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What to expect from Supervision – Keeping clients safe

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As therapists, it is vital that we have a good support system in place for our professional and confidential work.

Personal therapy is one way in which we can get this support. Supervision is another, and it will be the focus of these posts.

In the next few months, I will talk a bit about 18 ways in which we should expect supervision to work for us.


I will discuss 18 things we should expect from our supervisory relationship in order to be accountable and working to a professional standard, for the sake of our practice, our profession, and most importantly, for the sake of our clients


Missed my previous posts?

Catch up here:

Containment and Holding Reflective Practice  * Autonomous Practice

Theoretical Grounding * Develop Self-Awareness * Working through tough times

Challenge how you work *Focusing on the Supervisee


Click here to visit my main supervision page.

Are you starting out in private practice?

Are you an experienced therapist looking for a new supervisory relationship?

To book supervision with me, do get in touch and I’ll be happy to set up an initial meeting.


In this post, I want to talk about how trusting our supervisor can provide a safe space to challenge our practice.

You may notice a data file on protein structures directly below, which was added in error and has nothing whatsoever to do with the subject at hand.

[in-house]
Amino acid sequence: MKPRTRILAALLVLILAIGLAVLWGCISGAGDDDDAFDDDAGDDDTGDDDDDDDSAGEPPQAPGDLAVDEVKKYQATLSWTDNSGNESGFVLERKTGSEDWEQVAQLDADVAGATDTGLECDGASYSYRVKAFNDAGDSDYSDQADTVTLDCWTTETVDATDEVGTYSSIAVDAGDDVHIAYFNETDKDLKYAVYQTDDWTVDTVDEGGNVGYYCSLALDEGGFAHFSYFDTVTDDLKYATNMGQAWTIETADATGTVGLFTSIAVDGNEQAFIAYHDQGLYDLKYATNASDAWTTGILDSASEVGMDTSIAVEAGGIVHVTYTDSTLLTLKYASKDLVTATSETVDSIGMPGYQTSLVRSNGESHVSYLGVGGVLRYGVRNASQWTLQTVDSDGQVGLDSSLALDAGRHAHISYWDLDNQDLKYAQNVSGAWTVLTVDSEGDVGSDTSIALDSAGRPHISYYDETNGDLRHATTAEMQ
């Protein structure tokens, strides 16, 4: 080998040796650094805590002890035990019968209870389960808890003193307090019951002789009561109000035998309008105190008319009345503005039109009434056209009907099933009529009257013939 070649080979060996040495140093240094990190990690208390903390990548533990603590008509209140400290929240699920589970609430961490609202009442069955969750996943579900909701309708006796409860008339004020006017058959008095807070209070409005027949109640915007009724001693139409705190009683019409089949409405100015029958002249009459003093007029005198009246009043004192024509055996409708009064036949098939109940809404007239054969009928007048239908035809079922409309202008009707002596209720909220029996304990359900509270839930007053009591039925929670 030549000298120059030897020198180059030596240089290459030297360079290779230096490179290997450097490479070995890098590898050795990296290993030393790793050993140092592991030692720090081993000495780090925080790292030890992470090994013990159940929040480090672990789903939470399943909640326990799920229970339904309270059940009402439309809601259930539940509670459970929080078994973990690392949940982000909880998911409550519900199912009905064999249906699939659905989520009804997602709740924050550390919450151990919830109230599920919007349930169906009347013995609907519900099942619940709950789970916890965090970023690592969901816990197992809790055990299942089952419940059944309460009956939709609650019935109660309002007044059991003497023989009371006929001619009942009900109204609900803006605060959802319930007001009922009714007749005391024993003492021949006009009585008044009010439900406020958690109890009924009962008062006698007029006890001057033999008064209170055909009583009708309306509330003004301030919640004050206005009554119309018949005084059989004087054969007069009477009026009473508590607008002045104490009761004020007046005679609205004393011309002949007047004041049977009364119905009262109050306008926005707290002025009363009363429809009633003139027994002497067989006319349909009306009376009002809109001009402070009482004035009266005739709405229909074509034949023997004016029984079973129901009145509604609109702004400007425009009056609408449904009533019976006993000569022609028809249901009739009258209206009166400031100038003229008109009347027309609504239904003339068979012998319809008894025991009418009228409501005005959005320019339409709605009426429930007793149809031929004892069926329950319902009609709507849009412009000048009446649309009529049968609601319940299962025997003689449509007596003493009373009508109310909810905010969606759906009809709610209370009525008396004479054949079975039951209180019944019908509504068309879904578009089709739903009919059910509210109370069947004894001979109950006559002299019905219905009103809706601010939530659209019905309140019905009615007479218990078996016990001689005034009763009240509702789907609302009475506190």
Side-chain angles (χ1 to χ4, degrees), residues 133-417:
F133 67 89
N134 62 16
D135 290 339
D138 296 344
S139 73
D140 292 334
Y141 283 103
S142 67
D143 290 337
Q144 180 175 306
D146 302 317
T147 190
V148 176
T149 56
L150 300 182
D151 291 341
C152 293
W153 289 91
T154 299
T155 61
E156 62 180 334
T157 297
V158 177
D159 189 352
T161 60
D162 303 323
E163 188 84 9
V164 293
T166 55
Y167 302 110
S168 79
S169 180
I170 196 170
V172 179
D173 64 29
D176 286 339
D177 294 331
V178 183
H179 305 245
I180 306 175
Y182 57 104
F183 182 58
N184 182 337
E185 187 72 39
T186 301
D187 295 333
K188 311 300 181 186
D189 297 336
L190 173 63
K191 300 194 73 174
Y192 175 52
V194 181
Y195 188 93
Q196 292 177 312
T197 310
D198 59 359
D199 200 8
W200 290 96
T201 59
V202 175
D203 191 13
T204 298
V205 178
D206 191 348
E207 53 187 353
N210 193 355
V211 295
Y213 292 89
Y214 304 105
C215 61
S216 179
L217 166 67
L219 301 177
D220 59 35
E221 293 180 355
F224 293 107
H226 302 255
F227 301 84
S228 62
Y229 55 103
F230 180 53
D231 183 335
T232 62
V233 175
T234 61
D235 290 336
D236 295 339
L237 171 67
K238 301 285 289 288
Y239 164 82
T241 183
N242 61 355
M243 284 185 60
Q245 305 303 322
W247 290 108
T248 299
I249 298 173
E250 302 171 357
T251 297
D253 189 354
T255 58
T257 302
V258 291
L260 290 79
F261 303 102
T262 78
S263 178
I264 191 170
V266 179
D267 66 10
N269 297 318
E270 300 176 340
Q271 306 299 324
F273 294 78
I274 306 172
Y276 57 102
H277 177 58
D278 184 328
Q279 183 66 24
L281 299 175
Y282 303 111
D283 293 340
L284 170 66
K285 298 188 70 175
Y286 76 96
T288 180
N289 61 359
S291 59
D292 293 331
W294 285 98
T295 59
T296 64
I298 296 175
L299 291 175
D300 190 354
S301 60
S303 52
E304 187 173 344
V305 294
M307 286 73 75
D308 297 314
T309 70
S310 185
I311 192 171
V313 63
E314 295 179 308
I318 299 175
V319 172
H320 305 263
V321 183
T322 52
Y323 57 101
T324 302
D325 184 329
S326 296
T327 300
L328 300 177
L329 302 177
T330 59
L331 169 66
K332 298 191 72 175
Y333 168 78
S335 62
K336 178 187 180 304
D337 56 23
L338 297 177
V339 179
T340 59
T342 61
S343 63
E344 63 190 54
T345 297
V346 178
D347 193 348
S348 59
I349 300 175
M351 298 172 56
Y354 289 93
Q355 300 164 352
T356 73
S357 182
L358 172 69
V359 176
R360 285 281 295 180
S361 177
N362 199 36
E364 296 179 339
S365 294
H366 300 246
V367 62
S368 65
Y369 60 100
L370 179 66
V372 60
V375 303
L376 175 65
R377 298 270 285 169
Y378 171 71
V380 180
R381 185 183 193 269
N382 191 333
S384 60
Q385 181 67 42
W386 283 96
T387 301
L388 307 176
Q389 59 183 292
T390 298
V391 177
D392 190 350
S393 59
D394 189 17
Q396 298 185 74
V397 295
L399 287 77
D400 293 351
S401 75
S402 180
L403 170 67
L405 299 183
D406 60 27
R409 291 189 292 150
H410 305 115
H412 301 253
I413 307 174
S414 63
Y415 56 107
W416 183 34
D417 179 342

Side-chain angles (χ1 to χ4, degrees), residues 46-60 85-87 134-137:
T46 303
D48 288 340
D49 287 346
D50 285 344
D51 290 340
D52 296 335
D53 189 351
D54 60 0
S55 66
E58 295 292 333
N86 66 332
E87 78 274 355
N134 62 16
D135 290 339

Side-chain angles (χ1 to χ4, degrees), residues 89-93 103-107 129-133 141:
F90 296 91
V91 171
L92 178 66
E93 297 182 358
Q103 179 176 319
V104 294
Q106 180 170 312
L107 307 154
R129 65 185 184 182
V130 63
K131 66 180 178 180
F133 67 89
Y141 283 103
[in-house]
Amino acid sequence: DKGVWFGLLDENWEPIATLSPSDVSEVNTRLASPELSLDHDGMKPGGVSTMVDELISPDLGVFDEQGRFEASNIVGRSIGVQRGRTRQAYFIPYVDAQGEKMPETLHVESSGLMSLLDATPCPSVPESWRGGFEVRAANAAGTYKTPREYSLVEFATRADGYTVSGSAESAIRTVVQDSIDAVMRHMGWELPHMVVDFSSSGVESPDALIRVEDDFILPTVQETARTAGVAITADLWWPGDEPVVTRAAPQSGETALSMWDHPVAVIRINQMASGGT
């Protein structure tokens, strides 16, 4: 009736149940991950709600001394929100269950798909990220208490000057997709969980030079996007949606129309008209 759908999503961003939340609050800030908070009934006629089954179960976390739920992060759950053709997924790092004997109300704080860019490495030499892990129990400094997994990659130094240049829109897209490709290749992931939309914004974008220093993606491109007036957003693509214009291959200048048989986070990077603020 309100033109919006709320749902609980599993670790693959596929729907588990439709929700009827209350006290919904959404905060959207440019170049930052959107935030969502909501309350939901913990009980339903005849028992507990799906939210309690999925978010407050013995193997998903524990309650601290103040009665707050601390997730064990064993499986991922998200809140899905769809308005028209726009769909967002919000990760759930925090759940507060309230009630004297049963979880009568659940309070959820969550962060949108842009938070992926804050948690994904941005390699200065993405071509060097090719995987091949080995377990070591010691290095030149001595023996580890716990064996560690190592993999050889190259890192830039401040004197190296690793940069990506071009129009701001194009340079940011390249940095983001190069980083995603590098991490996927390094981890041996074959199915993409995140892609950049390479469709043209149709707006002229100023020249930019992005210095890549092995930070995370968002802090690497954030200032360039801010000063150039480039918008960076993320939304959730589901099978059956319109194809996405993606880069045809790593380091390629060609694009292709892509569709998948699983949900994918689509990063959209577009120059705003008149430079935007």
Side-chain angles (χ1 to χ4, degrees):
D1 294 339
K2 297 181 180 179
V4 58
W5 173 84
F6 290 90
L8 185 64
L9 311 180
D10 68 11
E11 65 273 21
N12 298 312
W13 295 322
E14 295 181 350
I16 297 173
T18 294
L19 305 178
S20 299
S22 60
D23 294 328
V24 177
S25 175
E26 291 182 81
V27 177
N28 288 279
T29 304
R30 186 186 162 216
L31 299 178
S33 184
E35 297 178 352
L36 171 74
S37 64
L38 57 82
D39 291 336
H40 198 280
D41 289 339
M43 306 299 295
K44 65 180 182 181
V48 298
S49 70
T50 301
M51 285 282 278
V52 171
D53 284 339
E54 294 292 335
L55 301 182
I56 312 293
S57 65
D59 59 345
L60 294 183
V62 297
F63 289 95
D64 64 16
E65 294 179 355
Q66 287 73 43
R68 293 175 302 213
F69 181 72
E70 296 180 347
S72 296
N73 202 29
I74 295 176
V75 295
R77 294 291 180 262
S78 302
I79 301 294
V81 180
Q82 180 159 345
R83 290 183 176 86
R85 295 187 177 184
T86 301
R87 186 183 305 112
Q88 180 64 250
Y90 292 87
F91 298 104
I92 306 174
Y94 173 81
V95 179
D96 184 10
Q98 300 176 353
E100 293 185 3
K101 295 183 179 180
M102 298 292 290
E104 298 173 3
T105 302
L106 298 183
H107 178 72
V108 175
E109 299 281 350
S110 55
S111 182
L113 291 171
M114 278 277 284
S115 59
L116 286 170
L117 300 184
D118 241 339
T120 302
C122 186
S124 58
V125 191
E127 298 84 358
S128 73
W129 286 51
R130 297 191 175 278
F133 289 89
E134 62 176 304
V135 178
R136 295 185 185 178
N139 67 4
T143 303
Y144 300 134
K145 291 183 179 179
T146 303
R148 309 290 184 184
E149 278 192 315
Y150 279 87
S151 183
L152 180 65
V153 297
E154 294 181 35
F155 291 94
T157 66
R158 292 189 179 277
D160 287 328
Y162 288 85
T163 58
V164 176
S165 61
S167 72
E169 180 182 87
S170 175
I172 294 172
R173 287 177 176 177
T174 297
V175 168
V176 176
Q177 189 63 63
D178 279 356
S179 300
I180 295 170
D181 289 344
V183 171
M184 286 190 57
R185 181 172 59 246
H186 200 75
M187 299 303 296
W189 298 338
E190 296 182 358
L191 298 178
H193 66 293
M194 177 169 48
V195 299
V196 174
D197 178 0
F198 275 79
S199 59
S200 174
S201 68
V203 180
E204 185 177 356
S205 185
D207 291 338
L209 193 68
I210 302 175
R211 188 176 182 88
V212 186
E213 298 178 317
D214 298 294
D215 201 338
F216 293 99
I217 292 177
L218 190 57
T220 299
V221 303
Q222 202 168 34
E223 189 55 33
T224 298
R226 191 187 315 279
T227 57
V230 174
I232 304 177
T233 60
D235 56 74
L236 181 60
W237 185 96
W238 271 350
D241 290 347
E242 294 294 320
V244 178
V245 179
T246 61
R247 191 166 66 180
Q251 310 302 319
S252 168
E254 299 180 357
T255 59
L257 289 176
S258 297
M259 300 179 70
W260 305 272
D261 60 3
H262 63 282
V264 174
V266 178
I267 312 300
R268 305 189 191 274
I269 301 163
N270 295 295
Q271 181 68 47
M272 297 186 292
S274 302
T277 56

This post is related to the previous one in that keeping the practitioner safe in supervision ensures that the client is kept safe in their counselling sessions.

Through supervision, we are ensuring that the following points are covered and taken care of (addressed more in depth in other posts in this series):

  • The practitioner is working to a high standard, keeping within professional and ethical boundaries.
  • The practitioner is working to the clients’ best interests.
  • The practising self-care in a way that helps them regroup and refill their emotional bank so they can go back and have more sessions without burning out or feeling overwhelmed with client stuff.
  • The practitioner knows to access personal therapy either regularly or as and when needed.
  • The practitioner is taking down time to spend on their own or with their friends and family to get a balance between work and life.
  • The practitioner is keeping to the therapeutic frame by setting clear boundaries.
  • The practitioner is respecting the clients individuality and autonomy.

 

Do you have other ways in which you keep your clients safe? Leave a comment!


watch video for this post - supervision

Follow this link for a video describing this process.

Feel free to share it with your colleagues, supervisees, supervisors and others.


The more we talk about what supervision should be about, what it should cover, and how it should support therapists in their private practice, the better equipped we all will be, and we will provide the a better service to our clients


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One response

  1. Pingback: The Meaning of Supervision – Video « Insights…from the desk of Karin Brauner

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